We recommend visiting a store that has the type of TV you want on display. Not only can you test your viewing distance, but you can also get answers to your questions about screen size.
3. Select Between LED or OLED
There are some key differences between LEDs and OLEDs. LED TVs use an LDC panel with pixels and a backlight to illuminate the pixels. OLED TVs use individual, self-lighting pixels.
This technology difference makes OLED TVs much thinner. These TVs also offer better picture quality than LED TVs, but they do cost more.
As you choose a TV, which one is better for you will come down to where you plan to place your new television. If it’s in a dark room, either is a good choice. But, if the room gets a lot of light, LED TVs perform better.
It’s also important to look at some key display factors and considerations when deciding between these two product types.
Black levels indicate how dark the screen can get. The darker the black level, the greater the contrast and depth of the visual image. Colors look more vibrant next to deep black.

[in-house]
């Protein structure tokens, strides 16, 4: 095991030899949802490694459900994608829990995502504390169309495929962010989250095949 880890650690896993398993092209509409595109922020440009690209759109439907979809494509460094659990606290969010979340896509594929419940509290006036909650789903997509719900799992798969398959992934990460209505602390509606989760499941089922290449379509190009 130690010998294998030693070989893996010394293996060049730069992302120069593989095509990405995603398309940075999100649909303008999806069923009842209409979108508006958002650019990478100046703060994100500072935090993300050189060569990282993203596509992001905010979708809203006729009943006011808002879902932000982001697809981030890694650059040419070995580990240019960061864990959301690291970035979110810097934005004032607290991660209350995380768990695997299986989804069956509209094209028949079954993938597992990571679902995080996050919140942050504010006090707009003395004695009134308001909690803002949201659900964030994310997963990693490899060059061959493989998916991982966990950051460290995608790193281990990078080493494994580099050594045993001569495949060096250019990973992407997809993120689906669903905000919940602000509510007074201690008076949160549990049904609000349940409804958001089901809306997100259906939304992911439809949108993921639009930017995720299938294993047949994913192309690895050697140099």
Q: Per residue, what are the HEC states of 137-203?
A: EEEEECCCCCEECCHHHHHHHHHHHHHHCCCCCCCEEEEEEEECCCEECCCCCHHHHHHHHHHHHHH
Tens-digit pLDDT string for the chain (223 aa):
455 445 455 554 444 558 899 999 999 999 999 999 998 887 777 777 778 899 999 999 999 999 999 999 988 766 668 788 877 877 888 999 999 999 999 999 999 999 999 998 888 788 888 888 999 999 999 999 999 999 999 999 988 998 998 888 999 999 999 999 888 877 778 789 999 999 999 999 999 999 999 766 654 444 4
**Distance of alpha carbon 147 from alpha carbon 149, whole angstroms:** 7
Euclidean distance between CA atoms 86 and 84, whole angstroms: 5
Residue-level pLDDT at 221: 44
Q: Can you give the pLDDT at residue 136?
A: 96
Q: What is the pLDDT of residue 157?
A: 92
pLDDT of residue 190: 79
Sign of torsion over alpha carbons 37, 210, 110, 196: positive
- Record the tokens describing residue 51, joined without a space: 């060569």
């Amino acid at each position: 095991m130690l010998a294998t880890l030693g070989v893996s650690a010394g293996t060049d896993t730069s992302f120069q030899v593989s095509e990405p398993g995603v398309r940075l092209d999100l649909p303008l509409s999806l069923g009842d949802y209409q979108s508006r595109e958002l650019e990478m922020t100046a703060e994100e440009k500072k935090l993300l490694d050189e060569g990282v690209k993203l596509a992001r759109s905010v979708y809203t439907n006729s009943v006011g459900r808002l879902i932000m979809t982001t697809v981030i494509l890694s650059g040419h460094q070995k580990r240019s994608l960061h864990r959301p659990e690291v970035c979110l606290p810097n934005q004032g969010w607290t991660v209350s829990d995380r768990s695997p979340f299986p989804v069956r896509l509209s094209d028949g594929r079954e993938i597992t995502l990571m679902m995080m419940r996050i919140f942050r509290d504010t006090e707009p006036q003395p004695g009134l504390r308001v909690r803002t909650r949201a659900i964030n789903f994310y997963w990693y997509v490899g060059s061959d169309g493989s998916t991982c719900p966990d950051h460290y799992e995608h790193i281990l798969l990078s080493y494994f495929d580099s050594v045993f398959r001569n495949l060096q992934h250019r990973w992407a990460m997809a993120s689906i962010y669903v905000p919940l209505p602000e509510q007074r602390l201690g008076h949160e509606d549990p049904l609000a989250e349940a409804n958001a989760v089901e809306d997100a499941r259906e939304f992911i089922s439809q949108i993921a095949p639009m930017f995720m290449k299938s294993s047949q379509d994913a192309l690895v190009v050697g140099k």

OLED TVs offer a pure black compared to LED TVs. That is because the technology can turn off individual pixels for maximum darkness.
LED TVs are backlit, so they cannot offer the same pinpoint accuracy because a small amount of light will leak through.
The contrast setting on a TV is used to adjust the brighter parts of an image. OLED and LED TVs both offer excellent contrast.
However, OLEDs do a better job because of the deeper blacks next to colors and white.
The brightness setting is used to adjust the black levels in a TV picture. In this category, LED TVs are superior. In a light or dark room, you still get the same picture quality.
This is because of the backlight that can deliver maximum brightness without stressing the pixels. You can increase the brightness on an OLED, but extended maximum brightness will degrade the pixels over time.
Depth refers to the distance between the front of the screen to the back of the TV. OLEDs are much thinner than LEDs.